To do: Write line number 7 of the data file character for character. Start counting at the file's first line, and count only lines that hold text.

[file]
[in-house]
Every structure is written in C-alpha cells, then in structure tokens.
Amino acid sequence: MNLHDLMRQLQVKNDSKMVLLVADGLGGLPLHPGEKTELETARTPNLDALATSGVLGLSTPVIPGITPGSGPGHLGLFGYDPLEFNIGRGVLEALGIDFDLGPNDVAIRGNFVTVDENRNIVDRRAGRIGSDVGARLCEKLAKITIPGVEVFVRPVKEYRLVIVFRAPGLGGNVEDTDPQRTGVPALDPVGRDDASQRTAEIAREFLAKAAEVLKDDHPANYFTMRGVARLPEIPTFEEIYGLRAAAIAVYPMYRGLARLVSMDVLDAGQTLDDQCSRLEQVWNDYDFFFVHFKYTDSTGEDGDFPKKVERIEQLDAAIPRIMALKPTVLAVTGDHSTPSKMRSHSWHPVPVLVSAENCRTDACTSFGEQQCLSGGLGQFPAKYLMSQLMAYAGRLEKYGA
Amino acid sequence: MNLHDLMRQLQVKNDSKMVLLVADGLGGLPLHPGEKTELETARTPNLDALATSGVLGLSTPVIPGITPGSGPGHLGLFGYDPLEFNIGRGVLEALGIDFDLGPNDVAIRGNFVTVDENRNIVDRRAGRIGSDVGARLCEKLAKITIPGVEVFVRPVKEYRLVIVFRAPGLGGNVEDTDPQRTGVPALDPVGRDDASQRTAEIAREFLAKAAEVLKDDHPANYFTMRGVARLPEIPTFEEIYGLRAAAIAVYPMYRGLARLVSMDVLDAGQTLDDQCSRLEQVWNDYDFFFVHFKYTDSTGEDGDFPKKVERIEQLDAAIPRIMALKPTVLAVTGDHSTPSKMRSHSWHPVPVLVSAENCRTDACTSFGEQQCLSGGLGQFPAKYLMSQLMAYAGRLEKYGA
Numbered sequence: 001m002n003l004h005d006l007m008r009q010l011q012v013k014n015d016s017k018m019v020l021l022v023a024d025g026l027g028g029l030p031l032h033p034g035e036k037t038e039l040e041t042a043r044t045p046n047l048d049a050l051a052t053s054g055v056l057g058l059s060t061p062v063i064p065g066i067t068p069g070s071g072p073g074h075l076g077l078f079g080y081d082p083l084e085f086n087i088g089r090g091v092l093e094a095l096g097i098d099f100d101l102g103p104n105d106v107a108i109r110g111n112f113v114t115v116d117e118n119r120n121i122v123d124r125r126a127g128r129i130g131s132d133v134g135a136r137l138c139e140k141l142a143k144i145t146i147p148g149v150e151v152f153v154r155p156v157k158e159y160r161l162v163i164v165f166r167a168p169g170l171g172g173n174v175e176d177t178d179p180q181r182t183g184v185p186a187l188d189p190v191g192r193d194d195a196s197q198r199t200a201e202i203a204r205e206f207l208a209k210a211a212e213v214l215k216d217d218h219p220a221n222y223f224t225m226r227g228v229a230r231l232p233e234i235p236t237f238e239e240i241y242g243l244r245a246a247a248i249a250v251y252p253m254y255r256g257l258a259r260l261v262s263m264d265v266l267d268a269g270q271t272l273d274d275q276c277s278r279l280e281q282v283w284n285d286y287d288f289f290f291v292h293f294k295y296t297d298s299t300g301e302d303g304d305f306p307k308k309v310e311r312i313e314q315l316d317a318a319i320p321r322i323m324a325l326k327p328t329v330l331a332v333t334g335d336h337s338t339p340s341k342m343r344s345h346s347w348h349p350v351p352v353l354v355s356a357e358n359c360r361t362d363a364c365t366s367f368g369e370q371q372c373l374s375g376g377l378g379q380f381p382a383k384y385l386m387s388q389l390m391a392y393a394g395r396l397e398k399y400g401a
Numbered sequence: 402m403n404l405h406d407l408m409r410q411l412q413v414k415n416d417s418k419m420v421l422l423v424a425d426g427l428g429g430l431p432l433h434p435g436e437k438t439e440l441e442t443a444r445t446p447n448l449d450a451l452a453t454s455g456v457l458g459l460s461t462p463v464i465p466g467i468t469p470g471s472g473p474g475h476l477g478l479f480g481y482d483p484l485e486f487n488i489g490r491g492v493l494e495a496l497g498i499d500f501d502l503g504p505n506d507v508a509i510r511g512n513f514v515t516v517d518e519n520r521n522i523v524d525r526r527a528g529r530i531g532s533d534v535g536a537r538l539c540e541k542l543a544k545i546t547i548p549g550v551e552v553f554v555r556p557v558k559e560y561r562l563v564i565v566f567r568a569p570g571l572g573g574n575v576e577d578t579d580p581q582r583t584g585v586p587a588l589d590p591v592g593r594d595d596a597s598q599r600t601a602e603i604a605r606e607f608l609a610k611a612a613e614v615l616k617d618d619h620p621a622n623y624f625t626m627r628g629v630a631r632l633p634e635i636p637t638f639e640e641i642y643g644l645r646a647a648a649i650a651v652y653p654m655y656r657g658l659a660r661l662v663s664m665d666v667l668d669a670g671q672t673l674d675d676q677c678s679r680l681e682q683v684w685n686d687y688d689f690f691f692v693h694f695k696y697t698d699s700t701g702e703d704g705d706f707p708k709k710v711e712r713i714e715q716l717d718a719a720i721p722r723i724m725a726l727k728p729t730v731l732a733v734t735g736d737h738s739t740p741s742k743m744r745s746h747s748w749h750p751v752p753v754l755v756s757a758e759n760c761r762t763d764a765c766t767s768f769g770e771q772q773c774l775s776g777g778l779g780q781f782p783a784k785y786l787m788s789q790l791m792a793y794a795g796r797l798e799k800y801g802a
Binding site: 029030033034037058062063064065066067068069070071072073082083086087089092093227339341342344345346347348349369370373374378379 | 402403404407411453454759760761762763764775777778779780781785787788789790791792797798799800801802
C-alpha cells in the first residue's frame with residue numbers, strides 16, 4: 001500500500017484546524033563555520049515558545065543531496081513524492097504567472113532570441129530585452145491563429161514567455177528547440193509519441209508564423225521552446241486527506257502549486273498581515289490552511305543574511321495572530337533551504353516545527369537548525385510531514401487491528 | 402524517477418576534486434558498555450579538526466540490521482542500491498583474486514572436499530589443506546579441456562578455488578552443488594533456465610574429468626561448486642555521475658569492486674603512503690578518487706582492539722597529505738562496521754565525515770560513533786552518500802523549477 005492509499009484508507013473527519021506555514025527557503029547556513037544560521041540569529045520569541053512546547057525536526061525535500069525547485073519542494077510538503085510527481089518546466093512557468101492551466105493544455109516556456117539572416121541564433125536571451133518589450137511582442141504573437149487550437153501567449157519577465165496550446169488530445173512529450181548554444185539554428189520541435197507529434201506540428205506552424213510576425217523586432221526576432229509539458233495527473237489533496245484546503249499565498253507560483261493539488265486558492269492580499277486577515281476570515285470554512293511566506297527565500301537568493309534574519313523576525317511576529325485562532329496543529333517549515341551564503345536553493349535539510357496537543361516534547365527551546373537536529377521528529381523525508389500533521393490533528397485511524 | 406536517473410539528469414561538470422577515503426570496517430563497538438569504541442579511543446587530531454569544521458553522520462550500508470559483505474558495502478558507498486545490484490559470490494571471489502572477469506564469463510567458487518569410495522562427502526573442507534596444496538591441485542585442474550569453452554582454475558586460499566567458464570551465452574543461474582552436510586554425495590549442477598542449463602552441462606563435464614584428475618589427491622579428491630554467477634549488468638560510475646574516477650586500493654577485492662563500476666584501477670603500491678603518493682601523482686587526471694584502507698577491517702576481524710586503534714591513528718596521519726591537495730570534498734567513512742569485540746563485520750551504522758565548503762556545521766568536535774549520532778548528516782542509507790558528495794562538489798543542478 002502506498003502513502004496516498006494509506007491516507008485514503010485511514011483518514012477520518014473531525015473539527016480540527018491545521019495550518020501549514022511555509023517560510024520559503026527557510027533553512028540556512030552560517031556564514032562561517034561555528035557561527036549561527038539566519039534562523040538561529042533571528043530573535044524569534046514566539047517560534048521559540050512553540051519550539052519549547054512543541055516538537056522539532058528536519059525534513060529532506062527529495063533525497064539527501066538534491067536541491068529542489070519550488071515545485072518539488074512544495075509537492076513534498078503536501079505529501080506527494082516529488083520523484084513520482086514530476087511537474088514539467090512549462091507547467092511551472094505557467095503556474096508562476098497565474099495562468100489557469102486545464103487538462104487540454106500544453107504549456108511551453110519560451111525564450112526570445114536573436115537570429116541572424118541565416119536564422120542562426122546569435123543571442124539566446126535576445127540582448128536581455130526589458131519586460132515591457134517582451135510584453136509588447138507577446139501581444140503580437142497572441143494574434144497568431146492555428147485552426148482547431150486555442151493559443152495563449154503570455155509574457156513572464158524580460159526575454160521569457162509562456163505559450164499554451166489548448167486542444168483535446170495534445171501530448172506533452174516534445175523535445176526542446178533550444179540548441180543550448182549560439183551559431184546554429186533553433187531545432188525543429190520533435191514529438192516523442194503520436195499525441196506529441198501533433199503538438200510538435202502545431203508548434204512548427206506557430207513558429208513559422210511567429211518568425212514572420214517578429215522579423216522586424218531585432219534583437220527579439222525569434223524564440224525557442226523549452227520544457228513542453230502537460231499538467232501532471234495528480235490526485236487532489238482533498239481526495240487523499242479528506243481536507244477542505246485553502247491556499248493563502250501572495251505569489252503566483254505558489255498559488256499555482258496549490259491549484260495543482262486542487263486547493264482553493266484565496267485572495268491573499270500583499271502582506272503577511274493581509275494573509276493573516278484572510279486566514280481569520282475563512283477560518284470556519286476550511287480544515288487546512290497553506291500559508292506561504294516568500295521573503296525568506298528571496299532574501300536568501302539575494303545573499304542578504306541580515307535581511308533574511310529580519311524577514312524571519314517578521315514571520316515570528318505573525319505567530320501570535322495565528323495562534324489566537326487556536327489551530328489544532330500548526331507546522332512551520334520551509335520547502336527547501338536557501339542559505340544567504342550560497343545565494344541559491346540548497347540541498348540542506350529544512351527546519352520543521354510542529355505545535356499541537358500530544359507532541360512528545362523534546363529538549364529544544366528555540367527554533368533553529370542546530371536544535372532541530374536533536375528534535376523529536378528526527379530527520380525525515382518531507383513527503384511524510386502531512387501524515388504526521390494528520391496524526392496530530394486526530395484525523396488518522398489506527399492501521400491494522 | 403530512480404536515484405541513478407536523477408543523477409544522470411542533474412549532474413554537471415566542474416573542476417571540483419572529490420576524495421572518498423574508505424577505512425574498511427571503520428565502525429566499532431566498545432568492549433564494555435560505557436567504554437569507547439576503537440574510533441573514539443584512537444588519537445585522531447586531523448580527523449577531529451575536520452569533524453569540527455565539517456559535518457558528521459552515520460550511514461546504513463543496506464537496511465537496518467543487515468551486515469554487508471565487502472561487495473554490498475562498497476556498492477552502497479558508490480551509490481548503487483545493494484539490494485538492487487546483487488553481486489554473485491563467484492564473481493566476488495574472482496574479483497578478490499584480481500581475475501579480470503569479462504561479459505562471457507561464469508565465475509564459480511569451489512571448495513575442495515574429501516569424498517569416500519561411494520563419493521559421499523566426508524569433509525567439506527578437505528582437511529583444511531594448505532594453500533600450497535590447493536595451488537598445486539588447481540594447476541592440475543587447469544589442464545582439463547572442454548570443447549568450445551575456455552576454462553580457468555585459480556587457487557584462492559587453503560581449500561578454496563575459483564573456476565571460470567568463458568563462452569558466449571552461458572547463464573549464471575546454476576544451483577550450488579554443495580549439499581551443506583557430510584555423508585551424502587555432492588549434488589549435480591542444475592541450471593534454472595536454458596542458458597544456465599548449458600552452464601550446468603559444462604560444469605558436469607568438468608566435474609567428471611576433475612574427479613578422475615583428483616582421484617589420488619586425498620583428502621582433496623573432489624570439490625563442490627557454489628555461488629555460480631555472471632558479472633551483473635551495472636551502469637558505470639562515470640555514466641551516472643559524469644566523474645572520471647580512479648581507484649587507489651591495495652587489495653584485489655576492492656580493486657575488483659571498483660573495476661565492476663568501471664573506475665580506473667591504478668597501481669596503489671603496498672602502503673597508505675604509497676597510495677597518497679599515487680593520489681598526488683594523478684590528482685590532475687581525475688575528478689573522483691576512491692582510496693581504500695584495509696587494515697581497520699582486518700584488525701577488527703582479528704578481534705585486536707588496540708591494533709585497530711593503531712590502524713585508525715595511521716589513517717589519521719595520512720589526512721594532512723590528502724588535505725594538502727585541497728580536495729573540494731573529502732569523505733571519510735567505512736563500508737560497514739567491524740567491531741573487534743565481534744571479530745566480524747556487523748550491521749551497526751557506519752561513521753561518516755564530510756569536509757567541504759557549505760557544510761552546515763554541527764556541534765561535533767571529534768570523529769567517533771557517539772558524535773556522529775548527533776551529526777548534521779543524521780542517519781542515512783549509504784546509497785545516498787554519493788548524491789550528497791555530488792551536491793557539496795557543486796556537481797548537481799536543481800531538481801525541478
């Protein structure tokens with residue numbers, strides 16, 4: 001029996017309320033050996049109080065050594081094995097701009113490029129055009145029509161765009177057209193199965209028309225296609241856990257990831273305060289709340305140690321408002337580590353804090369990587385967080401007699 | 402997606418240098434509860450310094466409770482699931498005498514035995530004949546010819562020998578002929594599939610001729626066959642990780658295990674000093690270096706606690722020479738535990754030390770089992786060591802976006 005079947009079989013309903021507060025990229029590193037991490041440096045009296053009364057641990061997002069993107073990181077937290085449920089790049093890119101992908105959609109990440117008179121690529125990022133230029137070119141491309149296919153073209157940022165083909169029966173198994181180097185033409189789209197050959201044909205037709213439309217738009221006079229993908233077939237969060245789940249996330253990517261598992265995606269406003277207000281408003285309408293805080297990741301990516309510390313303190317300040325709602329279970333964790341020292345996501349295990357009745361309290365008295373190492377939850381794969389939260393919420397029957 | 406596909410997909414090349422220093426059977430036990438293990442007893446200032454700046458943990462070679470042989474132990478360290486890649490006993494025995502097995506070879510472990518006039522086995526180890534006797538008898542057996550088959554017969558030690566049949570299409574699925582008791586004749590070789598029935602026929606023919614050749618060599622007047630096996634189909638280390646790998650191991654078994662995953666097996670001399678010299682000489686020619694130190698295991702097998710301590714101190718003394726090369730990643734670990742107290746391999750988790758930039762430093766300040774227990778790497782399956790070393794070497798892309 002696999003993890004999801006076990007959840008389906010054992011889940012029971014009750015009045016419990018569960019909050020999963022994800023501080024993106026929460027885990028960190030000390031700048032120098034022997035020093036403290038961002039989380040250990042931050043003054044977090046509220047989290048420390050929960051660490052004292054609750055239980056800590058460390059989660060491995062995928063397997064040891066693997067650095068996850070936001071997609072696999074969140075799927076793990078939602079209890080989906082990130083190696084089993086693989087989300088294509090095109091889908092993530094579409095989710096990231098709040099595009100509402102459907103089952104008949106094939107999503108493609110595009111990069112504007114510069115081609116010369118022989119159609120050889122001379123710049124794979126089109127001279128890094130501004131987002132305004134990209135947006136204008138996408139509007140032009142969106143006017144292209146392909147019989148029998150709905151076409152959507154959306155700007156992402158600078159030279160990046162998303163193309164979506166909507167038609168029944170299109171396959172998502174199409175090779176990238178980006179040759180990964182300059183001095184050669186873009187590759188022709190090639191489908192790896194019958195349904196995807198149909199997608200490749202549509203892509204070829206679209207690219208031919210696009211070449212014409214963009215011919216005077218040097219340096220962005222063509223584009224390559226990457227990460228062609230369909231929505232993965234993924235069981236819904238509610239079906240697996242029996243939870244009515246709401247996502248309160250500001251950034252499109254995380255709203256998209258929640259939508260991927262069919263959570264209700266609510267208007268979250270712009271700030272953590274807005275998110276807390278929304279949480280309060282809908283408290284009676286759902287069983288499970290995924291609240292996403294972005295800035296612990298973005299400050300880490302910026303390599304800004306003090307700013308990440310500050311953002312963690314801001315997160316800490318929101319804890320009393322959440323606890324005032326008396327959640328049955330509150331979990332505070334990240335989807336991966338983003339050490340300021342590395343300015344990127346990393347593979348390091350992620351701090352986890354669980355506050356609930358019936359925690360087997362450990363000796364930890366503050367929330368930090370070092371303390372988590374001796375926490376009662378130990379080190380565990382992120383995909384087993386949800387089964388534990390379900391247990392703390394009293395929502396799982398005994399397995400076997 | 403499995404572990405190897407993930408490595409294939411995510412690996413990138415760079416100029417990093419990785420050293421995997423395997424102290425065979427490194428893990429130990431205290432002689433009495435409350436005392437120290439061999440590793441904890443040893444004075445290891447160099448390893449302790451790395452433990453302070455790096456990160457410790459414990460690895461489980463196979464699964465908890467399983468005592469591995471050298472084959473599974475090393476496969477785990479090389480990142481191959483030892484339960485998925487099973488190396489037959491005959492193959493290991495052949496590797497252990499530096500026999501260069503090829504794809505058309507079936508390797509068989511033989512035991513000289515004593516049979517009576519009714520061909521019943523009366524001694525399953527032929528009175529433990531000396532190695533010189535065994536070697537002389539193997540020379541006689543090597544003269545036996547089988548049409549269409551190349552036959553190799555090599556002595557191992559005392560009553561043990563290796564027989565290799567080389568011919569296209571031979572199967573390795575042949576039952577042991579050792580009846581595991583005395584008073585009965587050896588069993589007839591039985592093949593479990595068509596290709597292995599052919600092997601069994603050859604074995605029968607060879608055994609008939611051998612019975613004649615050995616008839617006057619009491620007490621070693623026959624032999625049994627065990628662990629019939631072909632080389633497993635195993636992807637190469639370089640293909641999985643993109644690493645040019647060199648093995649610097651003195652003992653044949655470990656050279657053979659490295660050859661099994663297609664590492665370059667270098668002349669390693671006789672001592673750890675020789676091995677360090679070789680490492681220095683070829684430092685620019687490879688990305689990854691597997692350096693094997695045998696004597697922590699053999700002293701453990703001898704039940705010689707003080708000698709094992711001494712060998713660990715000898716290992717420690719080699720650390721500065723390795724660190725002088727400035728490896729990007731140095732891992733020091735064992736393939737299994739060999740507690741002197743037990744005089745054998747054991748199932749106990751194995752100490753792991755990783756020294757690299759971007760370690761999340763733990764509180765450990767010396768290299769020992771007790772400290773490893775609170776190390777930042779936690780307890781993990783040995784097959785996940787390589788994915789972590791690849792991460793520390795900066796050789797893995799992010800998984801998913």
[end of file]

Binding site: 029030033034037058062063064065066067068069070071072073082083086087089092093227339341342344345346347348349369370373374378379 | 402403404407411453454759760761762763764775777778779780781785787788789790791792797798799800801802